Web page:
It also has regional importance on account of the substantial infrastructure it consists of the 1910s Southern and Western Suburbs Ocean Outfall Sewer System- since augmented during 1936–1941 by SWSOOS No 2 – representing one of the first major separate sewers in Sydney as well as incorporating new ventilation technologies. This infrastructure includes use of the former Engine House chimney as a sewer vent, the viaduct to carry the vent pipe, Sewage Pumping Station No 38 of 1916 near the Engine House ruins and part of the SWSOOS Nos 1 and 2 mains. The overall SWSOOS network remains Sydney's largest sewer system.

Botany Water Reserves was listed on the New South Wales State Heritage Register on 18 November 1999 having satisfied the following criteria.

The place is important in demonstrating the course, or pattern, of cultural or natural history in New South Wales.

The item contains substantial remnants of structures and layout from Sydney's third main water supply system which supported the growth of Australia's largest city for most of the latter half of the 19th century. The 1850s water supply pipeline represents the oldest main in the State. The site contains important components of Sydney's main southern sewerage system from the 1910s and 1930s to 1940s supporting the expansion and consolidation of inner Sydney from the late 19th century to the present.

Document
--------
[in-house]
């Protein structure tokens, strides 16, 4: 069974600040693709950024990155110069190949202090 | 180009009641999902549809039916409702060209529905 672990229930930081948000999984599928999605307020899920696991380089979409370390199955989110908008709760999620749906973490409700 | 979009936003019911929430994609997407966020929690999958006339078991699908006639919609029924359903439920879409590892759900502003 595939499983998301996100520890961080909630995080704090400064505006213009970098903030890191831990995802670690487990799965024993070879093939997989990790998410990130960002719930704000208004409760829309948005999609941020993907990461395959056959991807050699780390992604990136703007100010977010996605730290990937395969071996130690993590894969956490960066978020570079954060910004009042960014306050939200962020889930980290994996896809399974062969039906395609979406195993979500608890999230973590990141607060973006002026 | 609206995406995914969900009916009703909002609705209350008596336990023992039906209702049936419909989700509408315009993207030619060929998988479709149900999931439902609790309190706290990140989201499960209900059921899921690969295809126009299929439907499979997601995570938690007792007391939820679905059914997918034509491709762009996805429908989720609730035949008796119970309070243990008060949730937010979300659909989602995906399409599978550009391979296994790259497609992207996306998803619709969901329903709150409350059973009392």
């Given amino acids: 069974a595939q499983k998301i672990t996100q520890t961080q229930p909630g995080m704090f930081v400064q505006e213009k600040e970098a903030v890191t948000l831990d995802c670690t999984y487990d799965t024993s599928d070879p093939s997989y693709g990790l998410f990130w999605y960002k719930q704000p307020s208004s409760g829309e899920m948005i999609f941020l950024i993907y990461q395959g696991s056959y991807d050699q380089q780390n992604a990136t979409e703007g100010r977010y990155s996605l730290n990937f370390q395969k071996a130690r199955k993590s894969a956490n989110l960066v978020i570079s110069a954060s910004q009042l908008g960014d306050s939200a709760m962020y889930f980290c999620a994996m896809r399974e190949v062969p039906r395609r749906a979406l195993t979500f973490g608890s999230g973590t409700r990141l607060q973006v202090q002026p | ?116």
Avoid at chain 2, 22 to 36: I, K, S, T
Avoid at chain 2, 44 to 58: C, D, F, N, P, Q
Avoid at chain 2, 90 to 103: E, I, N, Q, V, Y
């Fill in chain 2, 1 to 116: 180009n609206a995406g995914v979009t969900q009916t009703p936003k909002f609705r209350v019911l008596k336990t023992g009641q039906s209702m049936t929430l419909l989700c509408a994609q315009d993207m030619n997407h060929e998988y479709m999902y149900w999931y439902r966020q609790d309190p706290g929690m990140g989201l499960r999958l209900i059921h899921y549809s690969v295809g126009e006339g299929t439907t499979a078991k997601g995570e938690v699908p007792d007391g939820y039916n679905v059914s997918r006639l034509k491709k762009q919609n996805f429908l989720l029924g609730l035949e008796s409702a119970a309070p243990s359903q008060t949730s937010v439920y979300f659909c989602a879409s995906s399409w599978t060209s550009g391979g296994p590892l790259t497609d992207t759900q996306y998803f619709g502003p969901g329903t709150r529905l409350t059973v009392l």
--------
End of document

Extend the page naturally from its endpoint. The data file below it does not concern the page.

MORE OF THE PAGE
It also demonstrates the growth in demand for golf courses throughout the 20th century with the establishment of four separate courses including the Australian (est. 1904) and the Lakes Golf Course (est. 1928) – two of the State's oldest and most highly regarded.

The place also has strong and direct associations with prominent individuals – including Colonial entrepreneur Simeon Lord; the naval officer, surveyor and pastoralist Thomas Woore; City Engineers WB Rider, Edward Bell and Francis Bell; and Board engineers including EM de Burgh. Passing, though telling, early European references to the former landscape character of the area were made by many noted travellers including Captain James Cook in 1770 and Francois Peron in 1802.

As surviving elements of Sydney's third main water supply system it is rare if not unique.

As a modified/remnant wetland system it is representative of a once extensive vegetation community that included sites from Jewells Swamp, near Lake Macquarie to Coomaditchy Lagoon south of Sydney, yet as remnant sites within the Sydney Basin are now only of a small size and are threatened with extinction the wetlands should be considered rare. Similarly the areas of Eastern Suburbs Banksia Scrub are rare – of their total estimated area at the beginning of European colonisation less than 1% remains.